‘Extensive if not complete’ meltdown of three Fukushima reactors just 16 hours after the earthquake: coverup?
ScienceInsider (published by Science magazine) reported Tuesday May 17 that “over the last week, a combination of robotic and human inspections has led to the conclusion that the fuel assemblies in units 1, 2, and 3 were completely exposed to the air for from over 6 hours to over 14 hours and that melting was extensive if not complete. Much of the fuel is now likely at the bottom of the reactor pressure vessels.”
Leading Tokyo-based newspaper Mainichi Daily News confirmed the story: “Tokyo Electric Power Co. (TEPCO) admitted for the first time on May 15 that most of the fuel in one of its nuclear reactors at the Fukushima No. 1 Nuclear Power Plant had melted only about 16 hours after the March 11 earthquake.”
So was this a data problem (“TEPCO said it had only been able to start obtaining detailed data on the temperature and pressure in the reactor for analysis in early May,” Mainichi Daily News reported) — or a coverup?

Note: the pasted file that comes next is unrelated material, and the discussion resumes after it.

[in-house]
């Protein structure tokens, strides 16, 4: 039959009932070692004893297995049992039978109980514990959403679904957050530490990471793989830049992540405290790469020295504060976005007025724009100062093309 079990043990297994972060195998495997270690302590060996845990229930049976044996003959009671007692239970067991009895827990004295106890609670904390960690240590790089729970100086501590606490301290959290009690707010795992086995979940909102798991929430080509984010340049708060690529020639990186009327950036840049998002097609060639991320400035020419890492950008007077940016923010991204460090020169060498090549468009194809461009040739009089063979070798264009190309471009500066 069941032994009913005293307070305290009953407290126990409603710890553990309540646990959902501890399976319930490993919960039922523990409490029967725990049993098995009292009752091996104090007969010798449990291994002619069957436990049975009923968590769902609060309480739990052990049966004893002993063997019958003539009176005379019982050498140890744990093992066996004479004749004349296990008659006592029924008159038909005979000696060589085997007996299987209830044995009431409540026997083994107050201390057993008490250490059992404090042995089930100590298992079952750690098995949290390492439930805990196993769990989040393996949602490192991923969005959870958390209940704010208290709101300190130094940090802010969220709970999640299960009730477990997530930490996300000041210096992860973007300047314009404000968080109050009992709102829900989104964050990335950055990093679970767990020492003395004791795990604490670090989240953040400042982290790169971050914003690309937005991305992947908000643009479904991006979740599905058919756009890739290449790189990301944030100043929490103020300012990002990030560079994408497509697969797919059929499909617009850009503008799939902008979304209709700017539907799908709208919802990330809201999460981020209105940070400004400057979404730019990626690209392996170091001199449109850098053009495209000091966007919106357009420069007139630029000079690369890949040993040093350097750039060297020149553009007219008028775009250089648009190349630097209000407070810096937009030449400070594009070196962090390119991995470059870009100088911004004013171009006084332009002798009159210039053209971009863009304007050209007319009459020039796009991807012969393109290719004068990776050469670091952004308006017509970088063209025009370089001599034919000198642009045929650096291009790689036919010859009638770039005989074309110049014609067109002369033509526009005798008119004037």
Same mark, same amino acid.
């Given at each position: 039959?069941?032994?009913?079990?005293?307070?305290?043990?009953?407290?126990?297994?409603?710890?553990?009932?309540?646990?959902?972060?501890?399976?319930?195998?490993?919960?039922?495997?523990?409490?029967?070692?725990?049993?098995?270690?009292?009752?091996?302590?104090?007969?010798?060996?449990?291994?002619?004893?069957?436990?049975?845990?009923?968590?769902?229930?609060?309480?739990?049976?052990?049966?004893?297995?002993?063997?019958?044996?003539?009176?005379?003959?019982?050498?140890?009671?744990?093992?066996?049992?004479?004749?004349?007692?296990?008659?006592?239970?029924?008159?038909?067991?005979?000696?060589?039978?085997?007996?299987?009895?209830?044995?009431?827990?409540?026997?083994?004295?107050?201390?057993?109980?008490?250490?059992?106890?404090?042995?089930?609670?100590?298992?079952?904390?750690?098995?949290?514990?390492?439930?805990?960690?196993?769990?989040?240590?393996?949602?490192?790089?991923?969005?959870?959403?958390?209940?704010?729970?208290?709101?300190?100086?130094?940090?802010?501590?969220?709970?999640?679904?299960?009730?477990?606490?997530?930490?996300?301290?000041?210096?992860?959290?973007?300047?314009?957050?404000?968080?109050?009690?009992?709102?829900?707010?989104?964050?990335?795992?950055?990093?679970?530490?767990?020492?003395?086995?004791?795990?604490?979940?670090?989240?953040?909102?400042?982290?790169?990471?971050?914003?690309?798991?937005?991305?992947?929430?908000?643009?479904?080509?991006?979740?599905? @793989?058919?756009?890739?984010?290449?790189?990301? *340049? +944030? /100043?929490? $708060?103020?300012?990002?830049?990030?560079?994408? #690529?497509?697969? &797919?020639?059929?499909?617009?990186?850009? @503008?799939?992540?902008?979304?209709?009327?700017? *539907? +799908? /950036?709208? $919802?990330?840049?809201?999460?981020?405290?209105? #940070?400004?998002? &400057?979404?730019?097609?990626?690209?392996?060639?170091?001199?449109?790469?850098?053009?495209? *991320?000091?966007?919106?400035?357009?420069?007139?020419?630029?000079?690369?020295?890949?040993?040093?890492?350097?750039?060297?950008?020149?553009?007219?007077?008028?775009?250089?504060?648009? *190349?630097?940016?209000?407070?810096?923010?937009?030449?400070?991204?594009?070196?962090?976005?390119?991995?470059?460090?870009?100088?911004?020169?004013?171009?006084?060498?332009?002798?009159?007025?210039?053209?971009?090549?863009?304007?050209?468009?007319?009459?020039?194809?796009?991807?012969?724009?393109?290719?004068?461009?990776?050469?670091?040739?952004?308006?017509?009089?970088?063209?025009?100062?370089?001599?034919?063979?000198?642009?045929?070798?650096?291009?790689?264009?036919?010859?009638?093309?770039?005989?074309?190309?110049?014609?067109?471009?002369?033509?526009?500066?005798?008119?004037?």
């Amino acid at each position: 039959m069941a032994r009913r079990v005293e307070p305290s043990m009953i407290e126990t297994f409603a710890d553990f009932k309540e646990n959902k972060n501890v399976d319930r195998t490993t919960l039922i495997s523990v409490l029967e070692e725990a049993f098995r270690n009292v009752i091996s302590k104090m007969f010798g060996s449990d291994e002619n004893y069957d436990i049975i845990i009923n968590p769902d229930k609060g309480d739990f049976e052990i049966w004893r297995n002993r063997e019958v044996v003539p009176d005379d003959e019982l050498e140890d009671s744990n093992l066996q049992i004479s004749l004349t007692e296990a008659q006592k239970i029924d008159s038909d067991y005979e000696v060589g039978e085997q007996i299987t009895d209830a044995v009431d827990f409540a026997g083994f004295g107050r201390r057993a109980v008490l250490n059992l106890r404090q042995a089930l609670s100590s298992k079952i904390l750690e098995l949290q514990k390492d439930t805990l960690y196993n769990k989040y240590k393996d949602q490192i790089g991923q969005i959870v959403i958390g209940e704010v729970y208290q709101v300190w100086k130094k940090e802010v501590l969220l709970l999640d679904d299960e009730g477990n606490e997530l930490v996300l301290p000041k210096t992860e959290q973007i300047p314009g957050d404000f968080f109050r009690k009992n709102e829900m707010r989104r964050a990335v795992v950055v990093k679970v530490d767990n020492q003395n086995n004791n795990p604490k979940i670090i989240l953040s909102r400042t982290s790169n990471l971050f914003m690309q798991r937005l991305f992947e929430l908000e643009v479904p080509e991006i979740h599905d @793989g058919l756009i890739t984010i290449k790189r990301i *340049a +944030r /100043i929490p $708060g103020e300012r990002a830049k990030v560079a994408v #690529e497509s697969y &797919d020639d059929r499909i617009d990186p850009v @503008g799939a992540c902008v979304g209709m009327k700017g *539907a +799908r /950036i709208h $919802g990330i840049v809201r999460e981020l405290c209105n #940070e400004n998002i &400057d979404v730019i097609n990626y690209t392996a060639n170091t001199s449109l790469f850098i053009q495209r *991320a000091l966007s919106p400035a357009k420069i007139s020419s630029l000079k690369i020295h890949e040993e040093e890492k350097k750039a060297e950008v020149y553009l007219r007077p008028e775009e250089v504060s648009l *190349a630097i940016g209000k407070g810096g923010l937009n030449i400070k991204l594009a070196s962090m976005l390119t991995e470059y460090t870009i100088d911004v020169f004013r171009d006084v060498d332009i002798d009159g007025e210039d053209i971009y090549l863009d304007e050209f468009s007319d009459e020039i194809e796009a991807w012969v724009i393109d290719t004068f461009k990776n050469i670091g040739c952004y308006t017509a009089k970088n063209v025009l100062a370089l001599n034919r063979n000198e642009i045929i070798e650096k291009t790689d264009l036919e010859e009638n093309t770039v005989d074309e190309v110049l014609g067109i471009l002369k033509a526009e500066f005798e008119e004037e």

Personally, I believe it was the latter. I learned about the meltdown of the three reactors from a source close to high-level officials in the U.S. Defense Dept. on March 14, and I stated here on March 15: “In one extreme Pentagon scenario, catastrophic meltdowns and megadeaths in Japan, according to a source.” (I described it as a “scenario” because I could not personally confirm the information.) Turns out my source was accurate about the meltdowns; I can only hope his information about the megadeaths in wrong.
Nuclear reactors in at least four countries have a similar vulnerability — Germany, France, Russia, and the U.S. (the Indian Point reactor especially) — he informed me tonight, according to the Pentagon. At issue: $100 dollar/barrel oil if they’re closed down.